To be sure, lawmakers are grappling with big issues, such as the Aug. 2 deadline to raise the government’s debt ceiling. Action on that front, however, has been behind closed doors in on-again off-again budget negotiations. Nearly all other major priorities — tax reform or a 2012 budget — have been delayed while lawmakers work on a deal.

And so the legislative trickle has slowed to a drip. From January until the end of May, the last date for which comparable statistics are available, 16 bills had become law — compared with 50 during that period last year, or 28 in 2007, also a time of divided government.

The Senate has taken 84 “yea and nay” votes and the House 112, roughly half the number as in 2007. The Senate by the end of May had confirmed just over half the administration’s nominees; recent congresses typically have been near the end of the list by this point.

The bills that have passed this year largely have been extensions of expiring laws. Also on this year’s list was a must-pass deal to keep the government from shutting down, which essentially was a piece of unfinished business from the previous Congress.

Then there were three laws naming public buildings, a resolution appointing a member of the Smithsonian Institution and one extending the life of the Ronald Reagan Centennial Commission.

The inertia might be best observed at the Senate Budget Committee.

When Ayotte was named to the committee after Sen. John Ensign (R-Nev.) abruptly resigned in April, it was a coveted “get” for a conservative who won office by promising to cut spending. She came out of her first planning meeting with a list of proposals, only to hear Reid say Democrats would not introduce a budget until after the deficit talks.

“I got appointed. I was excited about it. I had one good meeting and then it was done. That’s been my experience on that committee,” Ayotte said. The committee has not met since April 5.

But it’s not just Democrats putting a drag on legislative activity. Republicans on Thursday boycotted a hearing on a series of free trade deals, derailing what was considered a bipartisan effort.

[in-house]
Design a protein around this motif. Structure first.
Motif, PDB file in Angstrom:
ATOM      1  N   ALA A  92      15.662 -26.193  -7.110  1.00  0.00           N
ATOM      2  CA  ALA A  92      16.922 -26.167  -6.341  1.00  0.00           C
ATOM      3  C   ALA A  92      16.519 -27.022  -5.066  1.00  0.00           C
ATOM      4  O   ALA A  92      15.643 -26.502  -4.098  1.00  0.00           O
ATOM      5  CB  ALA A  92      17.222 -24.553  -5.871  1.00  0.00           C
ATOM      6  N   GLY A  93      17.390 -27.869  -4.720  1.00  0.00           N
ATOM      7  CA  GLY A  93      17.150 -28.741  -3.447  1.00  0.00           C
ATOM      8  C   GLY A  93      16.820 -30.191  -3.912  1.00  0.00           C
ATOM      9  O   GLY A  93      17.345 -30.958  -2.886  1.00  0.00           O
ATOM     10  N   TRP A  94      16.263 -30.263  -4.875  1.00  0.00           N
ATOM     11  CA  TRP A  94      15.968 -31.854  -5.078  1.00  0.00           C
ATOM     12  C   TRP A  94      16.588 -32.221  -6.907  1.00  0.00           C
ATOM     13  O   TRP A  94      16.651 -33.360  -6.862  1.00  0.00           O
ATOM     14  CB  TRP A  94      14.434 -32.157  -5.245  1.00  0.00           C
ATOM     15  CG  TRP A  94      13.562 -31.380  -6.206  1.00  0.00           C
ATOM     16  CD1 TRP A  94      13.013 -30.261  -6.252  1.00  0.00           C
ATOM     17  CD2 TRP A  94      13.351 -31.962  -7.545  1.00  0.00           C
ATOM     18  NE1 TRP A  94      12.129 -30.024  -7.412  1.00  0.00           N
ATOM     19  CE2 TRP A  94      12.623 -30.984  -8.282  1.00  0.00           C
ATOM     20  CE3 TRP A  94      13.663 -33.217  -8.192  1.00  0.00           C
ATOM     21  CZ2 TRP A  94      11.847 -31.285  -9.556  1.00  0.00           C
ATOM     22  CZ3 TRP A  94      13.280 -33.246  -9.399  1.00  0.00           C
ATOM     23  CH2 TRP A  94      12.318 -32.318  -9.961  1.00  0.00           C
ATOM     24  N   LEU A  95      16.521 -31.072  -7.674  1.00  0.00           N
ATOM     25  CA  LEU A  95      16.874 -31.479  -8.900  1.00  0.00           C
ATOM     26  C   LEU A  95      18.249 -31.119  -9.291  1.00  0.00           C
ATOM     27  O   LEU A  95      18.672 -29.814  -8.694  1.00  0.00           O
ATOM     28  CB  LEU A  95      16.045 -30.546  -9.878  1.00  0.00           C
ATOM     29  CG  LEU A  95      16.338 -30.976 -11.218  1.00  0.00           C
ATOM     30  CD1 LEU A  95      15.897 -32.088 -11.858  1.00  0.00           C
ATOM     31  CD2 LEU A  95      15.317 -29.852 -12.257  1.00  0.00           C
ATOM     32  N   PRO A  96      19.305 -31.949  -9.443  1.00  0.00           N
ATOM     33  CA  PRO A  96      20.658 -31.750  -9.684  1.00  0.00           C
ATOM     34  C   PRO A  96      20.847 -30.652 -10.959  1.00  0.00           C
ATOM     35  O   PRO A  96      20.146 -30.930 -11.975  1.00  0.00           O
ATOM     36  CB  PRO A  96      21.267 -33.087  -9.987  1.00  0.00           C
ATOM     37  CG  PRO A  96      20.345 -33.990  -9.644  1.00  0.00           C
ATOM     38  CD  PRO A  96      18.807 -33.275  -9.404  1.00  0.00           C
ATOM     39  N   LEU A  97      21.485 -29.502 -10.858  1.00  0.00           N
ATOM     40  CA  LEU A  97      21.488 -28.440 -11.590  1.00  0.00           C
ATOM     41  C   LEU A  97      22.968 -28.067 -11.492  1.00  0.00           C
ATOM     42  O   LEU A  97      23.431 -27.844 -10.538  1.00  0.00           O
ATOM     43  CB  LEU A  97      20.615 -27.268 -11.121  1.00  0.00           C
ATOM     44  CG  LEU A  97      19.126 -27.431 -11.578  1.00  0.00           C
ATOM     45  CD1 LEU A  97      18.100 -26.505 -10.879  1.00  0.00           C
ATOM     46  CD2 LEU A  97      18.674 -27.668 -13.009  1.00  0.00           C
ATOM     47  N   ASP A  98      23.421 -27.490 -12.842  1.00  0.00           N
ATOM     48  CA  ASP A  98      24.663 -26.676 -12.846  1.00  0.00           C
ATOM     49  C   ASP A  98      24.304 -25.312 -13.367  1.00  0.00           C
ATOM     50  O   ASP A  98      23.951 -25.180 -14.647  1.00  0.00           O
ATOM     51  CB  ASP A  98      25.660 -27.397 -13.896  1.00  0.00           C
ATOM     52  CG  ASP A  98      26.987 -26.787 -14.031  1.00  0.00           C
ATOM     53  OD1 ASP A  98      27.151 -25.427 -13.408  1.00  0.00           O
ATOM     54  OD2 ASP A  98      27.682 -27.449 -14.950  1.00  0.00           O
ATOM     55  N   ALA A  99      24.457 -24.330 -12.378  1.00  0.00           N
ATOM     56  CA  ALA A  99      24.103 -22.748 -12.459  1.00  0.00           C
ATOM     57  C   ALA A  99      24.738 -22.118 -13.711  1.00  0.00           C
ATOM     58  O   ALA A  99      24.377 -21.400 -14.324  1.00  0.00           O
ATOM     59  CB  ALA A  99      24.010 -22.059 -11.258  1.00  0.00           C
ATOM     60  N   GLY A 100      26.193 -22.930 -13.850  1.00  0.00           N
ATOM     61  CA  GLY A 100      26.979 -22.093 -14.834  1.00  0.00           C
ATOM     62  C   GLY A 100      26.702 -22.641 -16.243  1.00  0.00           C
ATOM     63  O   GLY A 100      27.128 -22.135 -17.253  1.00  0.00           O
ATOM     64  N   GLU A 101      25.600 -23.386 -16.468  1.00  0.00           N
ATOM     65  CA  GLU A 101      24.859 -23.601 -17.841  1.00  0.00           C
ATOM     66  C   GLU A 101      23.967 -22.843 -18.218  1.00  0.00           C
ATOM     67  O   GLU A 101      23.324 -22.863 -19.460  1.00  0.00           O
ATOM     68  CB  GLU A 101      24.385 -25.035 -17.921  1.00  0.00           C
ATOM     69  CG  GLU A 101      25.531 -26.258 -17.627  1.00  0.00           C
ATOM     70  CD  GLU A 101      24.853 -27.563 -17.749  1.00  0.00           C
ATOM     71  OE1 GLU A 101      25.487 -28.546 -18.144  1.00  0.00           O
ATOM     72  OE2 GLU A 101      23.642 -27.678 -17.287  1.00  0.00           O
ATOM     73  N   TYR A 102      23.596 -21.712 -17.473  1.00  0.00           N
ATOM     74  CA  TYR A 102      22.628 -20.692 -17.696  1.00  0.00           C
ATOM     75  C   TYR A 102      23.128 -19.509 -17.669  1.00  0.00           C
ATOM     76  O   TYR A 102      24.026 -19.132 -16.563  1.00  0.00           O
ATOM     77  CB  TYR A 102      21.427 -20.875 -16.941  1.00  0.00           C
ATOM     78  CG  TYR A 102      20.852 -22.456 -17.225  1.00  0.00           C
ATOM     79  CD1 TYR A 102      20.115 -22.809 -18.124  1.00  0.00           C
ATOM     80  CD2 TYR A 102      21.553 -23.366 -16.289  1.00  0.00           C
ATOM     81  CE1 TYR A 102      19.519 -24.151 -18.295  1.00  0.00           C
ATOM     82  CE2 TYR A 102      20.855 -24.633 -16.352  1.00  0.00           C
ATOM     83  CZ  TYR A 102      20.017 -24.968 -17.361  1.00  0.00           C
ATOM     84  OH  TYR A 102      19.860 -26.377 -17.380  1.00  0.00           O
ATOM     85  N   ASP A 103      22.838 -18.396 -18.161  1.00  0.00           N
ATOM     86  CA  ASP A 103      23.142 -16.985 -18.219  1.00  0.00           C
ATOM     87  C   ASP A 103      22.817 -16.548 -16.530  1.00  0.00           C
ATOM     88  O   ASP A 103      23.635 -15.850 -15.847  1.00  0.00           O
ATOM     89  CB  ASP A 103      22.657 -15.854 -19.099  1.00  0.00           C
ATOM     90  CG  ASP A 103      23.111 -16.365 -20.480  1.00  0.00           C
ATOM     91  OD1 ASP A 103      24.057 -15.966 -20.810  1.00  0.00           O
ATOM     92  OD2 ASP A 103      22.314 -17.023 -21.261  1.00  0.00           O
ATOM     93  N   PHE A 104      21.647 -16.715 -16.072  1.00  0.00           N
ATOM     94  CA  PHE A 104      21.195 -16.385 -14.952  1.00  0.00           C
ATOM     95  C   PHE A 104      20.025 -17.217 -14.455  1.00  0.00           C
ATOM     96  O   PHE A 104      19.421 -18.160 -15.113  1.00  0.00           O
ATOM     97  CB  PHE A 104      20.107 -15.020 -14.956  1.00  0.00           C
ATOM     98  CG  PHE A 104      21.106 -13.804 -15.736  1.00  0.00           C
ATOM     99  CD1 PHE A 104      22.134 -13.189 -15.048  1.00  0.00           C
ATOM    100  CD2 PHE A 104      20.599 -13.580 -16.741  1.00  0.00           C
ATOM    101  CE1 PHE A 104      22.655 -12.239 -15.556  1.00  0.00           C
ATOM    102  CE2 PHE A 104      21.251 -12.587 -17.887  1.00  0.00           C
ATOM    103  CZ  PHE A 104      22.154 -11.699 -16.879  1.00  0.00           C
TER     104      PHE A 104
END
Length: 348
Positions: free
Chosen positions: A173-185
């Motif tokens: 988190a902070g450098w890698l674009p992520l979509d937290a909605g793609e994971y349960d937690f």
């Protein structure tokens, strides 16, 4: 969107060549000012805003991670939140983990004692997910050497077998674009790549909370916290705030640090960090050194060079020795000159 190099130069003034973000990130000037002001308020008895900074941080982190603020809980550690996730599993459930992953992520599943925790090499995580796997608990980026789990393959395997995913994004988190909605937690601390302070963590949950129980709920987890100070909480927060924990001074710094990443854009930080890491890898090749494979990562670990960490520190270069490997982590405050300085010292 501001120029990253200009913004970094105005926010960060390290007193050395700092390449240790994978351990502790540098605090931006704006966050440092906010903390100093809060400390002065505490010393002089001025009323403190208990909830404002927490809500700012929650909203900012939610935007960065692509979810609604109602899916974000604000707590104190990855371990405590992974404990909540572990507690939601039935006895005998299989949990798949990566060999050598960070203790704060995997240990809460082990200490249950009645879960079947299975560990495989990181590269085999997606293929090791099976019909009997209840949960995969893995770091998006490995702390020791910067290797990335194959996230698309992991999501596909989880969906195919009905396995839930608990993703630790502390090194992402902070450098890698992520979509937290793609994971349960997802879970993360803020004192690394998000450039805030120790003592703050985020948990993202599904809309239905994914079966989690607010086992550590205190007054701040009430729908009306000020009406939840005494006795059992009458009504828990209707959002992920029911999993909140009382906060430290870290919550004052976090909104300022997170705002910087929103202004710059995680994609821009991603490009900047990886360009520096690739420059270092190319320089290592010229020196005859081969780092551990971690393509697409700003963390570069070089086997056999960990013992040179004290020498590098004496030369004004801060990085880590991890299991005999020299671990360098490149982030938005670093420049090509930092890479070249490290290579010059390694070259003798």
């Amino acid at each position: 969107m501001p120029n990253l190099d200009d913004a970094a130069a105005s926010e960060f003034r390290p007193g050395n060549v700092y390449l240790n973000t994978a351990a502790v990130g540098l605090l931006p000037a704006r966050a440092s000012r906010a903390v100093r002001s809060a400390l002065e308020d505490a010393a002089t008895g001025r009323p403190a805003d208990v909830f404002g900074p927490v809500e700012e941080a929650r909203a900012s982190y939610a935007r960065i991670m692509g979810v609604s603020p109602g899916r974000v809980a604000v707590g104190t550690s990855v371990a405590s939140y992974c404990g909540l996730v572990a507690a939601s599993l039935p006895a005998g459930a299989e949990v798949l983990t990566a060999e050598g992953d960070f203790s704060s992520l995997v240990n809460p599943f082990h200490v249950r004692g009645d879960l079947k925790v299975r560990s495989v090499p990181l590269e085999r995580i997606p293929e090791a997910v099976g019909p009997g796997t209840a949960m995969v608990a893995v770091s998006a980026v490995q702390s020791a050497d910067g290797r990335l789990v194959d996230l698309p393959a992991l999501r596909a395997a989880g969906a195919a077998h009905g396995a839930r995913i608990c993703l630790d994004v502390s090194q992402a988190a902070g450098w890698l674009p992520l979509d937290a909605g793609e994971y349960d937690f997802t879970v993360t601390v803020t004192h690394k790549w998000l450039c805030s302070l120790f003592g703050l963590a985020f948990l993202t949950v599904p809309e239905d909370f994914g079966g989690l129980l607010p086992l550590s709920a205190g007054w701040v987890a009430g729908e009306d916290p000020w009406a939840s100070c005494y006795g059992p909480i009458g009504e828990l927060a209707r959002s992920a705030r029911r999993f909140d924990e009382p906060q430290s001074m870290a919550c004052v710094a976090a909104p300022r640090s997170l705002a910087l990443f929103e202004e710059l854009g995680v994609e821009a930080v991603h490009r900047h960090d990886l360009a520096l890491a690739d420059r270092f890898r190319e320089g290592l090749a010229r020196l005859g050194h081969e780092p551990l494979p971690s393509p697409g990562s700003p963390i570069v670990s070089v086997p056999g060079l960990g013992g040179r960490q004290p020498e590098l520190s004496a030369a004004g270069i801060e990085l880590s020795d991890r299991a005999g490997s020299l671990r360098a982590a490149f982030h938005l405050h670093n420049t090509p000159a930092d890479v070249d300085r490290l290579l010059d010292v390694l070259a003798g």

Meanwhile, Sen. Ron Johnson (R-Wis.) held his own protest to highlight the Democrats’ missing budget. Although Democrats say a budget plan is coming next week, Johnson used a procedural move to keep Reid from scheduling a vote on a resolution authorizing military involvement in Libya — the rare issue likely to find bipartisan agreement.

The “tea party” freshman, who says he’s used to working in business “where you focus on accomplishing things,” said he realized he was stalling “a very important issue.”

“But the fact of the matter is it simply doesn’t address the fact that we’re bankrupting this nation,” he said.

Much of this has been taken in stride by folks who’ve been around for a while.

“If you’re not comfortable with delay, frustration and impatience, get out of the Senate,” said Sen. Richard J. Durbin (D-Ill.). “It’s the nature of the institution, but I think we’ve taken it to an art form.”

At the other end of the building, the House isn’t exactly breaking records.

The 50 bills it has passed in the first five months of 2011 represent the lowest such number in more than 15 years. Republicans’ anti-Washington rhetoric translated into a schedule intended to keep lawmakers out of Washington. The result has been fewer days in session and fewer votes.

Reid, borrowing the critique usually aimed at him, recently complained that Senate bills — a patent reform measure and reauthorization of the Federal Aviation Administration — had fallen into the “big black hole” of the House.

In fact, each side is piling bills on the other’s doorstep while they wait for a deal to come out of the debt talks.

That package could prove that legislative activity doesn’t necessarily correspond to substance.

“Obviously, if they reach some kind of deal that results in a sweeping change in the scope of government and the tax rates, they don’t have to do much else to go down as a consequential Congress,” said Norman Ornstein, an expert on Congress at the American Enterprise Institute for Public Policy Research. “Most everywhere else, their influence is puny.”

With an Aug. 2 deadline, it may take much of the summer to find out. After that, both bodies leave for a long summer break and return after Labor Day.

 

By: Kathleen Hennessey, Staff Writer, Chicago Tribune, July 3, 2011

July 6, 2011 Posted by | Congress, Conservatives, Debt Ceiling, Debt Crisis, Democracy, Democrats, Economy, GOP, Government, Government Shut Down, Ideologues, Ideology, Jobs, Lawmakers, Politics, Republicans, Right Wing, Tea Party, Wealthy | , , , , , , , , , , , | Leave a comment